Lifetime of Async Closure

I've found a few references to a similar issue that people seem to have, but I still don't really understand what's wrong. I would like to create a simple "processor" which, when given a callback, can execute that callback when it consumes certain events (i.e. pub/sub). In order to do this, I have created a processor struct which tries to call an async callback (in such a way that type erasure helps me pass a generic callback fn).

The sticky part is that I want to pass a reference of self into the callback. When I do this, I get an opaque error that I think I understand, but every time I try to fix it, it seems I don't really understand it. Specifically, I encounter:

   |                          ------- ^^^^^^^^^^^^^^^^^^ returning this value requires that `'1` must outlive `'2`
   |                          |     |
   |                          |     return type of closure `impl futures_util::Future<Output = ()>` contains a lifetime `'2`
   |                          lifetime `'1` represents this closure's body
   |
   = note: closure implements `Fn`, so references to captured variables can't escape the closure

If I pass an async function into the closure which does refer to the struct (e.g. some random function that does not maintain a pointer to self), then everything compiles just dandy. However, when I try to move self into the callback, I get this error that references lifetimes I don't really understand. I'm not really sure where '1 and '2 are coming from, or what they really refer to. As far as I can tell, it's just saying that the compiler believes that the returned future has a greater lifetime than the enclosing closure, but I don't really know what to do about that, since when I use a function outside of self, everything compiles. I thought I could solve this problem by providing and Arc<Self> to the callback, since that may help the compiler hold the reference, but that clearly doesn't work. At the moment, I think this design may just be fundamentally flawed.

I have reproduced a minimal example, which does it's best to honestly represent the larger codebase at work:

use std::sync::Arc;

use futures_util::Future;

struct CbProcessor<Fut>
where
    for<'a> Fut: Future<Output = ()> + Send + Sync + 'a,
{
    cb: Arc<dyn Fn() -> Fut + Send + Sync + 'static>,
}

impl<Fut> CbProcessor<Fut>
where
    for<'a> Fut: Future<Output = ()> + Send + Sync + 'a,
{
    fn new(cb: impl Fn() -> Fut + Send + Sync + 'static) -> Self {
        CbProcessor { cb: Arc::new(cb) }
    }

    fn poll(&mut self) {
        let cb = self.cb.clone();
        tokio::spawn(async move {
            loop {
                println!("clever polling routine...");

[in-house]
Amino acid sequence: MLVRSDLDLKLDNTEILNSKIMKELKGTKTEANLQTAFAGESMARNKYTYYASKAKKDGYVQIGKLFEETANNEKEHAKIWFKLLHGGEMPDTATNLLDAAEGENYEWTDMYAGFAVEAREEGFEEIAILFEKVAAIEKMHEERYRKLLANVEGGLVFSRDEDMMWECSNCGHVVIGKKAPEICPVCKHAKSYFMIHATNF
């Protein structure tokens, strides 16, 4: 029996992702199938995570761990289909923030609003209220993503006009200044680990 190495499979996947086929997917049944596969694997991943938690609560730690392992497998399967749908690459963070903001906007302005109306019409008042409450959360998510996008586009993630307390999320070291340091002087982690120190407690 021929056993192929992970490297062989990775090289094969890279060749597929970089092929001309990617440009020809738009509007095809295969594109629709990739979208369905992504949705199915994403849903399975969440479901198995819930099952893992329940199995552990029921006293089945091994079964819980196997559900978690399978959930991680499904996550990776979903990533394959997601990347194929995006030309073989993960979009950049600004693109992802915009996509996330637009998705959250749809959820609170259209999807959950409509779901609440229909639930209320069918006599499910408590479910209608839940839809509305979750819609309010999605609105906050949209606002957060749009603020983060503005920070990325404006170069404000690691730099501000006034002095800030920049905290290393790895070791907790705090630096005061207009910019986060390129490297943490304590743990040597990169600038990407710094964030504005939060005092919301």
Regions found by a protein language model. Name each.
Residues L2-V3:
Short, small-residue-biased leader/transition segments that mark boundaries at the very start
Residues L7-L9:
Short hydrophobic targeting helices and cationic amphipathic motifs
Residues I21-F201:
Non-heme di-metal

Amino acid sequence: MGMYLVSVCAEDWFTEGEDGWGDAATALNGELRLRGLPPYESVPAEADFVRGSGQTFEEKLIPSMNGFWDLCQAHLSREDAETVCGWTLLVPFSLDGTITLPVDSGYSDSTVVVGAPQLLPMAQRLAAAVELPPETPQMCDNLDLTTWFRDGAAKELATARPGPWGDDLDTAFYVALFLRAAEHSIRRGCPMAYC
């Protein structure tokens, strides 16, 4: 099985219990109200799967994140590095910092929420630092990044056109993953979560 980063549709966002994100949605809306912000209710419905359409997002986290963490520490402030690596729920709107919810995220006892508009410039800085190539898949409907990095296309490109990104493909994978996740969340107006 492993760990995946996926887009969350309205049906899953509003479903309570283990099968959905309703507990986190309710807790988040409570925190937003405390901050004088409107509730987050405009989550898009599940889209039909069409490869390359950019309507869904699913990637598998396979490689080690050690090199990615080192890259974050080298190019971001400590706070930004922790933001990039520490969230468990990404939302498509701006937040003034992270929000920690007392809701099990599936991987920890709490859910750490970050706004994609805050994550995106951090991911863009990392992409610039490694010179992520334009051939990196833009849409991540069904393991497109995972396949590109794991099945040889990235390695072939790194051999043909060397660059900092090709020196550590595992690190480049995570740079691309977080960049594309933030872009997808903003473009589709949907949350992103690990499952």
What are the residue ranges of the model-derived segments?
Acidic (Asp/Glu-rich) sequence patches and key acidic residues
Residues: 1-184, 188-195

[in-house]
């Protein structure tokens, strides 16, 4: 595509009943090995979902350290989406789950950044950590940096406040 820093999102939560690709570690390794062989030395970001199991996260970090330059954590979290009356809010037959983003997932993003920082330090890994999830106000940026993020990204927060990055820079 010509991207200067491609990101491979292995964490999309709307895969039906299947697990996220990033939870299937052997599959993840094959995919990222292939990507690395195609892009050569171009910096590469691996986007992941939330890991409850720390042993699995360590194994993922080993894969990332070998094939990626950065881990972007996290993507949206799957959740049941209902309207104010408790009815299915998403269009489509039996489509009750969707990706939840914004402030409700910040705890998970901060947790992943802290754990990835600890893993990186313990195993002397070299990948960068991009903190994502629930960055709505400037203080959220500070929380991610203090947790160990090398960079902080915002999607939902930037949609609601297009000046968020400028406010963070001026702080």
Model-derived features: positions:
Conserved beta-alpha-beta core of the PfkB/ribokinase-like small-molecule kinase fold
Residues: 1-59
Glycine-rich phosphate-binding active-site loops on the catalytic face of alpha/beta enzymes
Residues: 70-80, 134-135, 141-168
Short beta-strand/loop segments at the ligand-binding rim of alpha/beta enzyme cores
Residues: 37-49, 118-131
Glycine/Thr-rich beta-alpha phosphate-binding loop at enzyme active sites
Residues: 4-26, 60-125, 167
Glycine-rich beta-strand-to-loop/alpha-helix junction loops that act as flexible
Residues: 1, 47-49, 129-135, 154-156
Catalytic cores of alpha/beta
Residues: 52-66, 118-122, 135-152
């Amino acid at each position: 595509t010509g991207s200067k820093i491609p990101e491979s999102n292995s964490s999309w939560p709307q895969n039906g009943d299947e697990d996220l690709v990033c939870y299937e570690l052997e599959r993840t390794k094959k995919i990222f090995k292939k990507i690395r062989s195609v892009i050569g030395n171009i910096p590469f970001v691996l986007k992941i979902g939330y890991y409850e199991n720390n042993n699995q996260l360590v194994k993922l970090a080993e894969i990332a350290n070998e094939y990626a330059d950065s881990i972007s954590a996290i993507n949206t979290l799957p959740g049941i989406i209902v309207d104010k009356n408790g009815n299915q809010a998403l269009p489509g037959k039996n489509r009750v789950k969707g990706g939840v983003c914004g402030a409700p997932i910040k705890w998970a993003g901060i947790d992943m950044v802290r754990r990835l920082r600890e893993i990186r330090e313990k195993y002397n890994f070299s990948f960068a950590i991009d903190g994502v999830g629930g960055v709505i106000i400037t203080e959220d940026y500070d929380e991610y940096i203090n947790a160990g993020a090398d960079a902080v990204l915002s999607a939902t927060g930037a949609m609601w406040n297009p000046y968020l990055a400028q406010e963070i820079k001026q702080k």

tokio::time::sleep(std::time::Duration::from_millis(1500)).await;
                cb().await;
            }
        });
    }
}

struct Foo {}

impl Foo {
    fn start_processor(self: Arc<Self>) {
        CbProcessor::new(move || self.callback_fn()).poll();
    }

    async fn callback_fn(&self) {}

    pub async fn foo() {
        println!("I did foo!");
    }
}

#[tokio::main]
async fn main() {
    let foo = Arc::new(Foo {});

    Foo::start_processor(foo.clone());
}

and the ensuing error:

error: lifetime may not live long enough
  --> src/main.rs:39:34
   |
39 |         CbProcessor::new(move || self.callback_fn()).poll();
   |                          ------- ^^^^^^^^^^^^^^^^^^ returning this value requires that `'1` must outlive `'2`
   |                          |     |
   |                          |     return type of closure `impl futures_util::Future<Output = ()>` contains a lifetime `'2`
   |                          lifetime `'1` represents this closure's body
   |
   = note: closure implements `Fn`, so references to captured variables can't escape the closure

The problem is about async Lifetimes, and Foo shouldn't be consumed in the captured closure[1], so you could do this

async fn helper(f: Arc<Foo>) {
    f.callback_fn().await
}

impl Foo {
    fn start_processor(self: Arc<Self>) {
        CbProcessor::new(move || helper(self.clone())).poll();
    }
}

  1. since you need the reference of Foo to be called upon multiple times in Fn ↩ī¸Ž

1 Like
fn callback_fn(&self)-> impl Future<Output=()> + Send+Sync {
        async {
            Foo::foo().await;
            ()
        }
    }
  1. Try this, as the book says async-lifetimes.

  2. And vague gives a good advice.

  3. But sometimes I run, it prints nothing (rustc 1.66.0 , win10)

1 Like

Well, your solution doesn't work when &self is used in the async block:

error[E0700]: hidden type for `impl futures_util::Future<Output = ()> + std::marker::Send + Sync` captures lifetime that does not appear in bounds
  --> src/main.rs:40:9
   |
39 |       fn callback_fn(&self) -> impl Future<Output = ()> + Send + Sync {
   |                      ----- hidden type `impl futures_util::Future<Output = ()>` captures the anonymous lifetime defined here
40 | /         async move {
41 | |             self;
42 | |         }
   | |_________^
   |
help: to declare that `impl futures_util::Future<Output = ()> + std::marker::Send + Sync` captures `'_`, you can add an explicit `'_` lifetime bound
   |
39 |     fn callback_fn(&self) -> impl Future<Output = ()> + Send + Sync + '_ {
   |                 

Even after taking the advice from the compiler, it still doesn't work.

But my solution works, because everytime you use &self, you actually use the reference of a clone of Foo, then you can have:

fn helper(f: Arc<Foo>) -> impl Future<Output = ()> + 'static {
    async move { f.callback_fn().await }
}
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